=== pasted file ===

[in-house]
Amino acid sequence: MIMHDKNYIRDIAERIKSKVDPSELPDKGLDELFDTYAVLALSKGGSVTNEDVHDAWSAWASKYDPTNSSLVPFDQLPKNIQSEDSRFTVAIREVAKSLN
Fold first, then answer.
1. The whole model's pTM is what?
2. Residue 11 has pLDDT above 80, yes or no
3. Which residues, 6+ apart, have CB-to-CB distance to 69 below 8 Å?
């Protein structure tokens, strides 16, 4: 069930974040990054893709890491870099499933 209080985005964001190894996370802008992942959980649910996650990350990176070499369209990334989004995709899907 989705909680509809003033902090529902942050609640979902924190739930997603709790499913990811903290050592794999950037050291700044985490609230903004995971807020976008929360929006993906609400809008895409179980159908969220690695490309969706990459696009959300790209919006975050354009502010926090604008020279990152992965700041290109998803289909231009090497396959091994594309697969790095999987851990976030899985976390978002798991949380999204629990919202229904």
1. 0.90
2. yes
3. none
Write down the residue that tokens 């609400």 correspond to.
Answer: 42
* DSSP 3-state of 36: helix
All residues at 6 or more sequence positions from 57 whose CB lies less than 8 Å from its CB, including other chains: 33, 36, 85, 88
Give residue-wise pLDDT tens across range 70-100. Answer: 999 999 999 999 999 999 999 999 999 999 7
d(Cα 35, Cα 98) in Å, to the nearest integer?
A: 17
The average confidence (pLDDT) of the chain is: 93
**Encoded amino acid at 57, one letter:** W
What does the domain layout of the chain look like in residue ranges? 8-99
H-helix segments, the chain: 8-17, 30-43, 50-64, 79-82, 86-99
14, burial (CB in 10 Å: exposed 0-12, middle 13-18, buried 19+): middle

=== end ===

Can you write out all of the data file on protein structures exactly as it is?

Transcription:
[in-house]
Amino acid sequence: MIMHDKNYIRDIAERIKSKVDPSELPDKGLDELFDTYAVLALSKGGSVTNEDVHDAWSAWASKYDPTNSSLVPFDQLPKNIQSEDSRFTVAIREVAKSLN
Fold first, then answer.
1. The whole model's pTM is what?
2. Residue 11 has pLDDT above 80, yes or no
3. Which residues, 6+ apart, have CB-to-CB distance to 69 below 8 Å?
């Protein structure tokens, strides 16, 4: 069930974040990054893709890491870099499933 209080985005964001190894996370802008992942959980649910996650990350990176070499369209990334989004995709899907 989705909680509809003033902090529902942050609640979902924190739930997603709790499913990811903290050592794999950037050291700044985490609230903004995971807020976008929360929006993906609400809008895409179980159908969220690695490309969706990459696009959300790209919006975050354009502010926090604008020279990152992965700041290109998803289909231009090497396959091994594309697969790095999987851990976030899985976390978002798991949380999204629990919202229904």
1. 0.90
2. yes
3. none
Write down the residue that tokens 């609400």 correspond to.
Answer: 42
* DSSP 3-state of 36: helix
All residues at 6 or more sequence positions from 57 whose CB lies less than 8 Å from its CB, including other chains: 33, 36, 85, 88
Give residue-wise pLDDT tens across range 70-100. Answer: 999 999 999 999 999 999 999 999 999 999 7
d(Cα 35, Cα 98) in Å, to the nearest integer?
A: 17
The average confidence (pLDDT) of the chain is: 93
**Encoded amino acid at 57, one letter:** W
What does the domain layout of the chain look like in residue ranges? 8-99
H-helix segments, the chain: 8-17, 30-43, 50-64, 79-82, 86-99
14, burial (CB in 10 Å: exposed 0-12, middle 13-18, buried 19+): middle